the course. Attach testimonials or evidence to support your points. You may include how other things including social strata (having family or not) may affect choices, extracurricular activities, hobbies and passion have influenced your current choices. Relate your past experience, awards and skills to the present course you are applying for and if an experience from the past plays a major in your current choice.
Benefit – What skills it has given you
Course – How these skills relate to your course
Structure your personal statement in a clear and concise way. Make sure to explain your examples and experience. Do not just list them but state how they are relevant to the course you are applying to by mentioning the skills they involve and those you possess. Your paragraphs should have be linking and not appear haphazardly. For example, you can have a paragraph on your work experience, a paragraph on your activities in school, a paragraph on your activities outside school all linked to the former in a way it is easy to understand. Put your points out logically.
Paragraph 1- Introduction and Reasons for Applying
Paragraph 2- Experiences that support your application
Paragraph 3- Talk about yourself, personality, extracurricular activities and school activities
Paragraph 4- Stress why you should be taken and why you are the choice candidate
- Be honest
Do not makeup stories to feel smart or evoke pity from the admission tutor. Remember that you will be asked to submit supporting documents or be asked to an interview and questions will be based on information from your personal statement. Provide only accurate and verifiable information so you do not get disqualified or not accepted.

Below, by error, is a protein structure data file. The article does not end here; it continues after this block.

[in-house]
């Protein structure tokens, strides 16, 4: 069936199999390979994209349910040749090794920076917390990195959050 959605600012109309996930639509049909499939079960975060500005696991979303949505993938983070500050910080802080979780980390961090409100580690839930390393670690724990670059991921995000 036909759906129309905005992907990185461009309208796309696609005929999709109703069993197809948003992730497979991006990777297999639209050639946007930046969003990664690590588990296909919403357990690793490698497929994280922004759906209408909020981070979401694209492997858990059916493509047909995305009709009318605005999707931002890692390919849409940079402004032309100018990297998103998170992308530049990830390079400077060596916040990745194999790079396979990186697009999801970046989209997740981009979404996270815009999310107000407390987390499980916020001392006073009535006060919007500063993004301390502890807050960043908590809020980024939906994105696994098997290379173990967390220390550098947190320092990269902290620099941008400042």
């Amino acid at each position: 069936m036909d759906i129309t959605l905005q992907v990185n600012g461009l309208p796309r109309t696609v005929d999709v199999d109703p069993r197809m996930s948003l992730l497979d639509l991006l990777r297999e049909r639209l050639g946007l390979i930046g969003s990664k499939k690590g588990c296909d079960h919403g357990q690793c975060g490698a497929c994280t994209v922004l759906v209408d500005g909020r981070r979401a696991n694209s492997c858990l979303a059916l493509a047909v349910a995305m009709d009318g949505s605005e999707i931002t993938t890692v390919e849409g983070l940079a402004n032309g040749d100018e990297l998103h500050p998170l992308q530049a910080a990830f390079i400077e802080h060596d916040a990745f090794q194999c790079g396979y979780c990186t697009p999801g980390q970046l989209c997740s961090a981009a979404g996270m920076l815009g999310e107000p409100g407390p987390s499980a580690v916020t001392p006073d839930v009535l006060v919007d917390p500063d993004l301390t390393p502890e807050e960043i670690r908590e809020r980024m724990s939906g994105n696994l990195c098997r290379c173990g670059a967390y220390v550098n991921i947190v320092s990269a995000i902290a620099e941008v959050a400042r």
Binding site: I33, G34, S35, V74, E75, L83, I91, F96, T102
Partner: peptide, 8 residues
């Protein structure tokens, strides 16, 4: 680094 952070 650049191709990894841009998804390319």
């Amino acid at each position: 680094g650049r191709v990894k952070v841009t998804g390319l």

- Proofreading and Editing
Most schools and scholarship bodies that request applications in English also score the grammar, arrangement and punctuation of the student’s personal statement. A badly written statement may reduce your chances especially if it lacks clarity and conciseness. After writing your personal statement, edit and proofread it over and over again, use grammar errors and spelling tools, and give it to teachers and tutors to help you cross-check it. There’s no rush so take your time and go over it again and again until you are satisfied. It is recommended you write your statement on a different platform before you paste the final version into your form.
This part of your application requires more time and careful thinking, take your time to do proper research on the college or scholarship providers. Your personal statement is an avenue for them to know you, the skills you have and if you are the best choice. So use this opportunity to tell them you are not just a good student but a choice one. You do not have to add so much spice or use big words to impress them. Take your time to carefully put your statements together and submit them.